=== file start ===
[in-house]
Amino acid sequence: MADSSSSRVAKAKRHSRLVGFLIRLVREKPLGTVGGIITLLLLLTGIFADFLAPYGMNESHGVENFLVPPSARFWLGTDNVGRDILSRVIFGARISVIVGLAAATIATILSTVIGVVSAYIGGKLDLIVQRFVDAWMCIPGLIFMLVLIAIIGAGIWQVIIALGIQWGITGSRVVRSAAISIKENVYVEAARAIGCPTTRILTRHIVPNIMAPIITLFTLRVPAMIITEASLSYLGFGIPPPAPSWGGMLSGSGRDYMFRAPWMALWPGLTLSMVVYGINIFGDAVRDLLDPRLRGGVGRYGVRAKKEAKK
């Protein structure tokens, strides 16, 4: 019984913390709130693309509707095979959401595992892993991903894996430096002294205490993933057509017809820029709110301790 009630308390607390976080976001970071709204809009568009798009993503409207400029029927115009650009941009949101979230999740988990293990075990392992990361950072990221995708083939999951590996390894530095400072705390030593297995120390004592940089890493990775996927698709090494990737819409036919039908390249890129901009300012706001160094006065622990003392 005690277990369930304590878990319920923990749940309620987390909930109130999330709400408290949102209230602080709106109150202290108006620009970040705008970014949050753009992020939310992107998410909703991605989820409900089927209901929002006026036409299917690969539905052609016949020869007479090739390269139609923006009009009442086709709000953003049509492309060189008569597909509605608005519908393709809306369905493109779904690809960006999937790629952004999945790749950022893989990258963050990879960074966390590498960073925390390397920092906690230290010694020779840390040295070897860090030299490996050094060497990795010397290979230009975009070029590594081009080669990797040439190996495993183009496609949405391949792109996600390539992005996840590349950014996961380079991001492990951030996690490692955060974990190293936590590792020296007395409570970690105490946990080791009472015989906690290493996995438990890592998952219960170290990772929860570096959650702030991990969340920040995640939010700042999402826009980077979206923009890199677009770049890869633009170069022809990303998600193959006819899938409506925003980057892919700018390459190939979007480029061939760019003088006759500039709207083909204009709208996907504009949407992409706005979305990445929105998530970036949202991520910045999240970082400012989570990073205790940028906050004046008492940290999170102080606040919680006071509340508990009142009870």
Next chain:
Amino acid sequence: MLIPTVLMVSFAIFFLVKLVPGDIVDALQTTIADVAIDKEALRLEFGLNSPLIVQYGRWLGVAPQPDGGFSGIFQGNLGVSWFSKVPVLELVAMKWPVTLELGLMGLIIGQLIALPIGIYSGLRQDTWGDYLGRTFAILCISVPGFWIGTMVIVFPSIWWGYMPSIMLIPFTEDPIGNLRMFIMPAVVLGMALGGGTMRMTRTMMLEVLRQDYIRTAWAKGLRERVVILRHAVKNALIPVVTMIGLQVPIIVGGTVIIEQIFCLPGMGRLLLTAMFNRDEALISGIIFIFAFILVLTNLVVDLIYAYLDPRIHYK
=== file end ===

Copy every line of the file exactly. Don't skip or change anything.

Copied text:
[in-house]
Amino acid sequence: MADSSSSRVAKAKRHSRLVGFLIRLVREKPLGTVGGIITLLLLLTGIFADFLAPYGMNESHGVENFLVPPSARFWLGTDNVGRDILSRVIFGARISVIVGLAAATIATILSTVIGVVSAYIGGKLDLIVQRFVDAWMCIPGLIFMLVLIAIIGAGIWQVIIALGIQWGITGSRVVRSAAISIKENVYVEAARAIGCPTTRILTRHIVPNIMAPIITLFTLRVPAMIITEASLSYLGFGIPPPAPSWGGMLSGSGRDYMFRAPWMALWPGLTLSMVVYGINIFGDAVRDLLDPRLRGGVGRYGVRAKKEAKK
């Protein structure tokens, strides 16, 4: 019984913390709130693309509707095979959401595992892993991903894996430096002294205490993933057509017809820029709110301790 009630308390607390976080976001970071709204809009568009798009993503409207400029029927115009650009941009949101979230999740988990293990075990392992990361950072990221995708083939999951590996390894530095400072705390030593297995120390004592940089890493990775996927698709090494990737819409036919039908390249890129901009300012706001160094006065622990003392 005690277990369930304590878990319920923990749940309620987390909930109130999330709400408290949102209230602080709106109150202290108006620009970040705008970014949050753009992020939310992107998410909703991605989820409900089927209901929002006026036409299917690969539905052609016949020869007479090739390269139609923006009009009442086709709000953003049509492309060189008569597909509605608005519908393709809306369905493109779904690809960006999937790629952004999945790749950022893989990258963050990879960074966390590498960073925390390397920092906690230290010694020779840390040295070897860090030299490996050094060497990795010397290979230009975009070029590594081009080669990797040439190996495993183009496609949405391949792109996600390539992005996840590349950014996961380079991001492990951030996690490692955060974990190293936590590792020296007395409570970690105490946990080791009472015989906690290493996995438990890592998952219960170290990772929860570096959650702030991990969340920040995640939010700042999402826009980077979206923009890199677009770049890869633009170069022809990303998600193959006819899938409506925003980057892919700018390459190939979007480029061939760019003088006759500039709207083909204009709208996907504009949407992409706005979305990445929105998530970036949202991520910045999240970082400012989570990073205790940028906050004046008492940290999170102080606040919680006071509340508990009142009870």
Next chain:
Amino acid sequence: MLIPTVLMVSFAIFFLVKLVPGDIVDALQTTIADVAIDKEALRLEFGLNSPLIVQYGRWLGVAPQPDGGFSGIFQGNLGVSWFSKVPVLELVAMKWPVTLELGLMGLIIGQLIALPIGIYSGLRQDTWGDYLGRTFAILCISVPGFWIGTMVIVFPSIWWGYMPSIMLIPFTEDPIGNLRMFIMPAVVLGMALGGGTMRMTRTMMLEVLRQDYIRTAWAKGLRERVVILRHAVKNALIPVVTMIGLQVPIIVGGTVIIEQIFCLPGMGRLLLTAMFNRDEALISGIIFIFAFILVLTNLVVDLIYAYLDPRIHYK